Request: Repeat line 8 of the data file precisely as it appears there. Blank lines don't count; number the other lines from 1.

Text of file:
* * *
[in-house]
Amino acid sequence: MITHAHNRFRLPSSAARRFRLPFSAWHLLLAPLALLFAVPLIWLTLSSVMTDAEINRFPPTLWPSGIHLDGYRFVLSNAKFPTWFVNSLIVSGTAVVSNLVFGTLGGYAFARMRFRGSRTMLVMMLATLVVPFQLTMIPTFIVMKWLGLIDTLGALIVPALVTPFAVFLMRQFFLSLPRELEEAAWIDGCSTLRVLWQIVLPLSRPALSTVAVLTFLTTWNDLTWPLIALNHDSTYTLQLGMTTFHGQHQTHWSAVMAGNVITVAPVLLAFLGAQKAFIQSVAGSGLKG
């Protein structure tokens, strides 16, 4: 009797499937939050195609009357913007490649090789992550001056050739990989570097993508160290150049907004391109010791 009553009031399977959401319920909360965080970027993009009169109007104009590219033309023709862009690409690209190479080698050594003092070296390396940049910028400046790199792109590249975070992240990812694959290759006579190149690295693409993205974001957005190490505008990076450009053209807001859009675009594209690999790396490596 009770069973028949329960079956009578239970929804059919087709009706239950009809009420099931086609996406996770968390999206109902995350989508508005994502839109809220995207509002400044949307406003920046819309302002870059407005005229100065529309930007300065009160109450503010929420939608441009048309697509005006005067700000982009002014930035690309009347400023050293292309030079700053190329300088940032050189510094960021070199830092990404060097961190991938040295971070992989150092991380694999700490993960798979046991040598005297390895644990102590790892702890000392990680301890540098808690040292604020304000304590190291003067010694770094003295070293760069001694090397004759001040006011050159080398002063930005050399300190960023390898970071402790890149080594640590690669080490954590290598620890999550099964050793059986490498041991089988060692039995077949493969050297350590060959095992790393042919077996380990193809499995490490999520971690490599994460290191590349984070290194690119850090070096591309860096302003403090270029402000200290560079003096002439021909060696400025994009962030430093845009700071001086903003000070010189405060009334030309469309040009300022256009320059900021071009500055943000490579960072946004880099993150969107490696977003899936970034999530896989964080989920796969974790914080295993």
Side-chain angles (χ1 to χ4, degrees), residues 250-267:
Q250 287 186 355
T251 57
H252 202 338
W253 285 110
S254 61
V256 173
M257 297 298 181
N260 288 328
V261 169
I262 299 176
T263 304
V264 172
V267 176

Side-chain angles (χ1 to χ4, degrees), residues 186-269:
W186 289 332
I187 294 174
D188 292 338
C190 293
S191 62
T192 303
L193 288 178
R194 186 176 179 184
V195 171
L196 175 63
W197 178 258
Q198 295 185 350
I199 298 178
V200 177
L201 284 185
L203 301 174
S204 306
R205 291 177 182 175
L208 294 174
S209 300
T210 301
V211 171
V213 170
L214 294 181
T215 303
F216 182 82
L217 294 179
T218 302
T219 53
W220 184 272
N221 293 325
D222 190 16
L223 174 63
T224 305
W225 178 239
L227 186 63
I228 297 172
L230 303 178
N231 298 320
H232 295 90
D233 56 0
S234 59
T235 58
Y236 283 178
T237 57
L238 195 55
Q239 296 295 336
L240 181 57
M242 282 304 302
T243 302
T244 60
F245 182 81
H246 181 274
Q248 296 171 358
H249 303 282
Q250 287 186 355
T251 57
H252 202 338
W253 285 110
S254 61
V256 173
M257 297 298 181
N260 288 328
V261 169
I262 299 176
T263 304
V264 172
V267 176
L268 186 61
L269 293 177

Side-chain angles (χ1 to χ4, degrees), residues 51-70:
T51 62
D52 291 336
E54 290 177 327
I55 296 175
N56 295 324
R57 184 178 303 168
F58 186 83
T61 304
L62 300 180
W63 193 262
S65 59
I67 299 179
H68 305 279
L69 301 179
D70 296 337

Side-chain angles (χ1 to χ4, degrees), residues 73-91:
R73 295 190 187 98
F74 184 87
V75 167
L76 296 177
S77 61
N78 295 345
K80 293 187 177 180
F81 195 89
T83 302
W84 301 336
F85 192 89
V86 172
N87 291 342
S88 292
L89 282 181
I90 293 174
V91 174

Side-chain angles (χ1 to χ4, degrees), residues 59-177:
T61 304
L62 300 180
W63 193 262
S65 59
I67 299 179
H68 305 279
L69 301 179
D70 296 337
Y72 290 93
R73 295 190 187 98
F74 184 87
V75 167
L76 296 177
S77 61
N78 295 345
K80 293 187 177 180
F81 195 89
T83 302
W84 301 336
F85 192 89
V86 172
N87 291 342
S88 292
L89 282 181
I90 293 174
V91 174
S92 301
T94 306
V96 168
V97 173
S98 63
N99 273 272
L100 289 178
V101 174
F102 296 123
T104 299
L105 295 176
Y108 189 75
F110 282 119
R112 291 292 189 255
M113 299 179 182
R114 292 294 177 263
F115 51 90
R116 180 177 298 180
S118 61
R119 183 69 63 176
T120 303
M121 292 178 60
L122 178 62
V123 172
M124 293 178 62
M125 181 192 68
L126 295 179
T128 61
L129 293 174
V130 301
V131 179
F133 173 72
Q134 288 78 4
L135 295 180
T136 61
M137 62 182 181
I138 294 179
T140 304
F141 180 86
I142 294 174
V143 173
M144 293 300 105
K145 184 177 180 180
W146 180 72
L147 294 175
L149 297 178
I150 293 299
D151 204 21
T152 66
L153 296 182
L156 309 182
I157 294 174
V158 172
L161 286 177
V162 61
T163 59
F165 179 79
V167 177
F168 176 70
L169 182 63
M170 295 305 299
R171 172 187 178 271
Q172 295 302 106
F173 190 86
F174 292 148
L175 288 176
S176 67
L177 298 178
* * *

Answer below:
W253 285 110